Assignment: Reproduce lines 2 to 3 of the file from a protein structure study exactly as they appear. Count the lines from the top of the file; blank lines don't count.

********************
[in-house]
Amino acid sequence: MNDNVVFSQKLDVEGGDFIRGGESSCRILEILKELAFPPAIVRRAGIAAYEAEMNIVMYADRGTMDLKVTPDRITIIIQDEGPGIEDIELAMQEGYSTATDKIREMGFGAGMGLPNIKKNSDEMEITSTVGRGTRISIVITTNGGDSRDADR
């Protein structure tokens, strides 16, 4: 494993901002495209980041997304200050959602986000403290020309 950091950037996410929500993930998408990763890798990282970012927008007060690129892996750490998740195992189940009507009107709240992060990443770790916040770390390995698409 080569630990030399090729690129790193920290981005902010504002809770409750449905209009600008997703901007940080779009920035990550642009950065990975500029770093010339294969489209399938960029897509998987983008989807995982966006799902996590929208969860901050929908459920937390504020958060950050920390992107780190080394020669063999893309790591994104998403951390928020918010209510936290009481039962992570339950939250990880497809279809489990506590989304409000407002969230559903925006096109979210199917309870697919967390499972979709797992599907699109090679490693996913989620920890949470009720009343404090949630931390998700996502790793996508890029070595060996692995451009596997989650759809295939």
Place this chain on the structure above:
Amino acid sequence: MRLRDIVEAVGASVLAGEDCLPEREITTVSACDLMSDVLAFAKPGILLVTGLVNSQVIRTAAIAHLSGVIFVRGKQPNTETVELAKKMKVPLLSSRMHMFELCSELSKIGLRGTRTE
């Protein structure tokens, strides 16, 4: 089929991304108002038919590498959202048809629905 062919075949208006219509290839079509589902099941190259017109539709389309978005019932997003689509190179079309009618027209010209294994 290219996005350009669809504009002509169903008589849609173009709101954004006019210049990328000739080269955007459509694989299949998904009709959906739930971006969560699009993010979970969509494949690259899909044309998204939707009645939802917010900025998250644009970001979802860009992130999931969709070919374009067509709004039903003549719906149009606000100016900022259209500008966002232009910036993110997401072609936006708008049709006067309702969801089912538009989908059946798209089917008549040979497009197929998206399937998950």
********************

Amino acid sequence: MNDNVVFSQKLDVEGGDFIRGGESSCRILEILKELAFPPAIVRRAGIAAYEAEMNIVMYADRGTMDLKVTPDRITIIIQDEGPGIEDIELAMQEGYSTATDKIREMGFGAGMGLPNIKKNSDEMEITSTVGRGTRISIVITTNGGDSRDADR
């Protein structure tokens, strides 16, 4: 494993901002495209980041997304200050959602986000403290020309 950091950037996410929500993930998408990763890798990282970012927008007060690129892996750490998740195992189940009507009107709240992060990443770790916040770390390995698409 080569630990030399090729690129790193920290981005902010504002809770409750449905209009600008997703901007940080779009920035990550642009950065990975500029770093010339294969489209399938960029897509998987983008989807995982966006799902996590929208969860901050929908459920937390504020958060950050920390992107780190080394020669063999893309790591994104998403951390928020918010209510936290009481039962992570339950939250990880497809279809489990506590989304409000407002969230559903925006096109979210199917309870697919967390499972979709797992599907699109090679490693996913989620920890949470009720009343404090949630931390998700996502790793996508890029070595060996692995451009596997989650759809295939």